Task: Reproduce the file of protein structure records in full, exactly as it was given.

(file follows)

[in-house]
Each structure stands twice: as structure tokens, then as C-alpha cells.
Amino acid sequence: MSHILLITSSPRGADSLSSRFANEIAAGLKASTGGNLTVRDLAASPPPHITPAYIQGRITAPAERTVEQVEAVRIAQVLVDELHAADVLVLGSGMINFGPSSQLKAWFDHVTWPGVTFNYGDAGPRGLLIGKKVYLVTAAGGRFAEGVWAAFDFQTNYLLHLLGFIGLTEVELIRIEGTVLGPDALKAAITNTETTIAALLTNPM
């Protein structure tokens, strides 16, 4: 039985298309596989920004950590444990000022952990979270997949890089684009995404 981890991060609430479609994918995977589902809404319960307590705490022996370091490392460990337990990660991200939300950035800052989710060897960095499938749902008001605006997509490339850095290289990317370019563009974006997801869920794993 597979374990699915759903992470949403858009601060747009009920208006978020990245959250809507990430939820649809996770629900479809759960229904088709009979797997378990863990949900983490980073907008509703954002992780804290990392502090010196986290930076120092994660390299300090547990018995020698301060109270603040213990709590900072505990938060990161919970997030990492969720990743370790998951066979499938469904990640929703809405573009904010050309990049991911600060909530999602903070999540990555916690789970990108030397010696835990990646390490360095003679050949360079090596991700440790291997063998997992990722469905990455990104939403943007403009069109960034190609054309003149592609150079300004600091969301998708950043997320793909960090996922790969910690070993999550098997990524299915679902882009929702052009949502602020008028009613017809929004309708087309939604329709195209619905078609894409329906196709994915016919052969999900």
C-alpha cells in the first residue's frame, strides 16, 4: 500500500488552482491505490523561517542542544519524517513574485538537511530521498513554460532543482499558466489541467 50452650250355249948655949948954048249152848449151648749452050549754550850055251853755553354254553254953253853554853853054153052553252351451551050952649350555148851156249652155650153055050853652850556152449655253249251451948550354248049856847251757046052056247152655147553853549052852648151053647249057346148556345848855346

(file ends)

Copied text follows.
[in-house]
Each structure stands twice: as structure tokens, then as C-alpha cells.
Amino acid sequence: MSHILLITSSPRGADSLSSRFANEIAAGLKASTGGNLTVRDLAASPPPHITPAYIQGRITAPAERTVEQVEAVRIAQVLVDELHAADVLVLGSGMINFGPSSQLKAWFDHVTWPGVTFNYGDAGPRGLLIGKKVYLVTAAGGRFAEGVWAAFDFQTNYLLHLLGFIGLTEVELIRIEGTVLGPDALKAAITNTETTIAALLTNPM
């Protein structure tokens, strides 16, 4: 039985298309596989920004950590444990000022952990979270997949890089684009995404 981890991060609430479609994918995977589902809404319960307590705490022996370091490392460990337990990660991200939300950035800052989710060897960095499938749902008001605006997509490339850095290289990317370019563009974006997801869920794993 597979374990699915759903992470949403858009601060747009009920208006978020990245959250809507990430939820649809996770629900479809759960229904088709009979797997378990863990949900983490980073907008509703954002992780804290990392502090010196986290930076120092994660390299300090547990018995020698301060109270603040213990709590900072505990938060990161919970997030990492969720990743370790998951066979499938469904990640929703809405573009904010050309990049991911600060909530999602903070999540990555916690789970990108030397010696835990990646390490360095003679050949360079090596991700440790291997063998997992990722469905990455990104939403943007403009069109960034190609054309003149592609150079300004600091969301998708950043997320793909960090996922790969910690070993999550098997990524299915679902882009929702052009949502602020008028009613017809929004309708087309939604329709195209619905078609894409329906196709994915016919052969999900």
C-alpha cells in the first residue's frame, strides 16, 4: 500500500488552482491505490523561517542542544519524517513574485538537511530521498513554460532543482499558466489541467 50452650250355249948655949948954048249152848449151648749452050549754550850055251853755553354254553254953253853554853853054153052553252351451551050952649350555148851156249652155650153055050853652850556152449655253249251451948550354248049856847251757046052056247152655147553853549052852648151053647249057346148556345848855346